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N71784 accident description

New Mexico map... New Mexico list
Crash location 32.837222°N, 105.987777°W
Nearest city Alamagordo, NM
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Tail number N71784
Accident date 05 Jul 2010
Aircraft type Cessna 182M
Additional details: None

NTSB Factual Report

On July 5, 2010, at 1400 mountain daylight time, N71784, a Cessna 182, landed hard and bounced while landing at Alamogordo-White Sands Regional Airport (KALM), New Mexico. The airplane was registered to and operated by White Sands Soaring Association, Alamogordo, New Mexico. The commercial pilot was not injured. Visual meteorological conditions prevailed and no flight plan was filed for the glider towing flight conducted under 14 Code of Federal Regulations Part 91.

The pilot reported that he was returning to land after towing a glider to altitude. He said the wind was gusting to 19 knots between 290 and 010 degrees. The pilot made two attempts to land on Runway 03 but elected to go-around each time due to a shimmy in the main landing gear. On the third attempt to land, he switched to Runway 34 (a dirt runway). During the landing he bounced and elected to go around. The pilot was convinced there was something wrong with the landing gear so he did a low approach over Runway 21 and asked for ground personnel to visually check the gear. Ground personnel said the gear looked fine. The pilot made another attempt to land on Runway 34 and "bounced really hard 2-3 times." Again, the pilot elected to go-around and decided to try another landing on Runway 03. After landing, the pilot reported that there was still a shimmy and the airplane veered toward the right side of the runway. As the plane slowed down, the pilot was able to taxi the airplane safely back to the ramp.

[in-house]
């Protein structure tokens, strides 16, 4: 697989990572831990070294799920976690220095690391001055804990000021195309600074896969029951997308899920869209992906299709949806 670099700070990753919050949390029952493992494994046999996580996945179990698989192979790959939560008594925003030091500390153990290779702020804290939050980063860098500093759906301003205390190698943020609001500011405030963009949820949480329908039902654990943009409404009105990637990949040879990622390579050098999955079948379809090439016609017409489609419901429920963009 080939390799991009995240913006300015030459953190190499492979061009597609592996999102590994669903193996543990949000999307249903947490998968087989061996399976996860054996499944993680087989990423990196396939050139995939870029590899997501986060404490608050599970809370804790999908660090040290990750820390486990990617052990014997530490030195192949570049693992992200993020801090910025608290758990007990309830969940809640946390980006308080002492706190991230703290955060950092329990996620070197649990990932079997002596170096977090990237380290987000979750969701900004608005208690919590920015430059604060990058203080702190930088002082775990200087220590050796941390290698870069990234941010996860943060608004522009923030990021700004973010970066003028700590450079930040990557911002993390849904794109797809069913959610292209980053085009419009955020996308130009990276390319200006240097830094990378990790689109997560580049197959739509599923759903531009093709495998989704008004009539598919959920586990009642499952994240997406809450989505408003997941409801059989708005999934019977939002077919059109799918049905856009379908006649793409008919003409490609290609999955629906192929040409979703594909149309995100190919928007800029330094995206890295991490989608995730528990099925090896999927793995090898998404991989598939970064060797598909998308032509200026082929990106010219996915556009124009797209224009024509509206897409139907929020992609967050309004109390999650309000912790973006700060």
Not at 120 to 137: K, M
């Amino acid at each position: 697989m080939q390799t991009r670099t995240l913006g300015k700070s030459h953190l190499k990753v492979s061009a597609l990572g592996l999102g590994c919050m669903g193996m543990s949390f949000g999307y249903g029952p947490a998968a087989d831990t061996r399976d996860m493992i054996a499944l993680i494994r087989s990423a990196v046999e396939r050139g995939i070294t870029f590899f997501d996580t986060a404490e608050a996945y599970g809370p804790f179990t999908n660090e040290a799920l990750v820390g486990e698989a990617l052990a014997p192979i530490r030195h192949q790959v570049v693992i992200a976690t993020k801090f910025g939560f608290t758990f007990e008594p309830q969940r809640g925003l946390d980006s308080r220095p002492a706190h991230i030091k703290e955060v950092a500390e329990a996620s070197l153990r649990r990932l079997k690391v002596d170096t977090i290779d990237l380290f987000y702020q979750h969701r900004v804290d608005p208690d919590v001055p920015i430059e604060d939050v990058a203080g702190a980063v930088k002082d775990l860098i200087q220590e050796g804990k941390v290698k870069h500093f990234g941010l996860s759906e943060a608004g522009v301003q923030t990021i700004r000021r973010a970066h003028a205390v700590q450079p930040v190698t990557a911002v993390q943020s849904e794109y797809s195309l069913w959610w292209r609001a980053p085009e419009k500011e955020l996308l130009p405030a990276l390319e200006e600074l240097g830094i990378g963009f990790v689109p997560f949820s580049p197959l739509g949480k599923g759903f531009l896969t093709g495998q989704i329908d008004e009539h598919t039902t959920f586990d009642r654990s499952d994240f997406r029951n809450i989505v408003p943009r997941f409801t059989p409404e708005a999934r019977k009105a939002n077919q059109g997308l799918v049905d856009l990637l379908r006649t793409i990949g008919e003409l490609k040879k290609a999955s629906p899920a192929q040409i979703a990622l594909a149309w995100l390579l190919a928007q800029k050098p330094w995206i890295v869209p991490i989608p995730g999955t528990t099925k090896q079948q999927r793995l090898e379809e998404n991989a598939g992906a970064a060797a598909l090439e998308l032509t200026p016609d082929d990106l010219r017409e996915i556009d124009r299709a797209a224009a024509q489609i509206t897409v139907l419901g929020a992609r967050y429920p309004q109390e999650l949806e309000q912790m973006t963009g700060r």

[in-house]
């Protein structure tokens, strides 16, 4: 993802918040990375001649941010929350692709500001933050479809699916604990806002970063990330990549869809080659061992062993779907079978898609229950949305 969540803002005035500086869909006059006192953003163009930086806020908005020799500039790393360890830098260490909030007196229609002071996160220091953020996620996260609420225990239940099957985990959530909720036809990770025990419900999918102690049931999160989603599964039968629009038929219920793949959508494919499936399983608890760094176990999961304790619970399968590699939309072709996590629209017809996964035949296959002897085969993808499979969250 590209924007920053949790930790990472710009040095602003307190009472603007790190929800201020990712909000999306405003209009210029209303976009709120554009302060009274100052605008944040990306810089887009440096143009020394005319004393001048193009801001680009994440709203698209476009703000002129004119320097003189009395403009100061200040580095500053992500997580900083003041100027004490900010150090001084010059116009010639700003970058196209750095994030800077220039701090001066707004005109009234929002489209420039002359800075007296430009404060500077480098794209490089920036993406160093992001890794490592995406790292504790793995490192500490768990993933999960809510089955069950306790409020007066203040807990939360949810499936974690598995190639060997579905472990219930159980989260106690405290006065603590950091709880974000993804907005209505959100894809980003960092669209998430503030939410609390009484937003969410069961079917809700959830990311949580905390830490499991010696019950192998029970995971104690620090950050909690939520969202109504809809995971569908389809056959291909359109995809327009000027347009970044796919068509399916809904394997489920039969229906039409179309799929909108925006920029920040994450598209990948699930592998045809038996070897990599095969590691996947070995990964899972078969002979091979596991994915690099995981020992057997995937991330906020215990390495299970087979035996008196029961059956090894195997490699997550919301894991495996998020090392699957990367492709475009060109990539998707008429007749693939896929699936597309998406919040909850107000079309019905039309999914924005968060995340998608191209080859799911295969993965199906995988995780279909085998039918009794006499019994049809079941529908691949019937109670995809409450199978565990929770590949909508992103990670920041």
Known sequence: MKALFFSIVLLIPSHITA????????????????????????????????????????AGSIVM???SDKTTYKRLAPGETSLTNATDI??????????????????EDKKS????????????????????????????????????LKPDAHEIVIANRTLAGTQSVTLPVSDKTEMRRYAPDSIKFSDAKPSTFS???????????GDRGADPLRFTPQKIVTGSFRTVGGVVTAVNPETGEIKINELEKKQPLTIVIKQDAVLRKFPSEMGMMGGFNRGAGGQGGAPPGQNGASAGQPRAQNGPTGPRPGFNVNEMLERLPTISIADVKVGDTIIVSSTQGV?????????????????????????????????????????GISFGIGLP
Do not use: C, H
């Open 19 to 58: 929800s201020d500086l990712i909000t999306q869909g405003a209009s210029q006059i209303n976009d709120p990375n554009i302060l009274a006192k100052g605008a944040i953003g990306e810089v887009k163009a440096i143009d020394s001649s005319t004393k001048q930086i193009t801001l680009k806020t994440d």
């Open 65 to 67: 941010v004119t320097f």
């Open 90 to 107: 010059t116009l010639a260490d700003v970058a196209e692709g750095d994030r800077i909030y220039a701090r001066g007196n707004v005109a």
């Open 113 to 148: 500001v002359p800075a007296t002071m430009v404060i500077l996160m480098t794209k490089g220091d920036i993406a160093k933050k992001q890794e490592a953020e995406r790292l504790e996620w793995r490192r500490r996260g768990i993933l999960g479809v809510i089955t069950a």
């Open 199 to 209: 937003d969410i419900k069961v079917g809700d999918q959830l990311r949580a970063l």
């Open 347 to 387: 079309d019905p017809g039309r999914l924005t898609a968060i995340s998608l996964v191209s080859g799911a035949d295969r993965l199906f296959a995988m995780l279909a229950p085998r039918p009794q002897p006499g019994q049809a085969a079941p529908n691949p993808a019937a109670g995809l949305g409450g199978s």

A Federal Aviation Administration (FAA) inspector performed an examination of the airplane. He reported that the firewall was wrinkled, the engine mounts were deformed, the fuselage was damaged at the waterline, the propeller was damaged, and the nose gear mount bracket was pushed up into the fuselage. Flight control continuity was confirmed. No anomalies were found with the engine or other airplane systems.

NTSB Probable Cause

The pilot's loss of airplane control during landing, which resulted in a hard/bounced landing.

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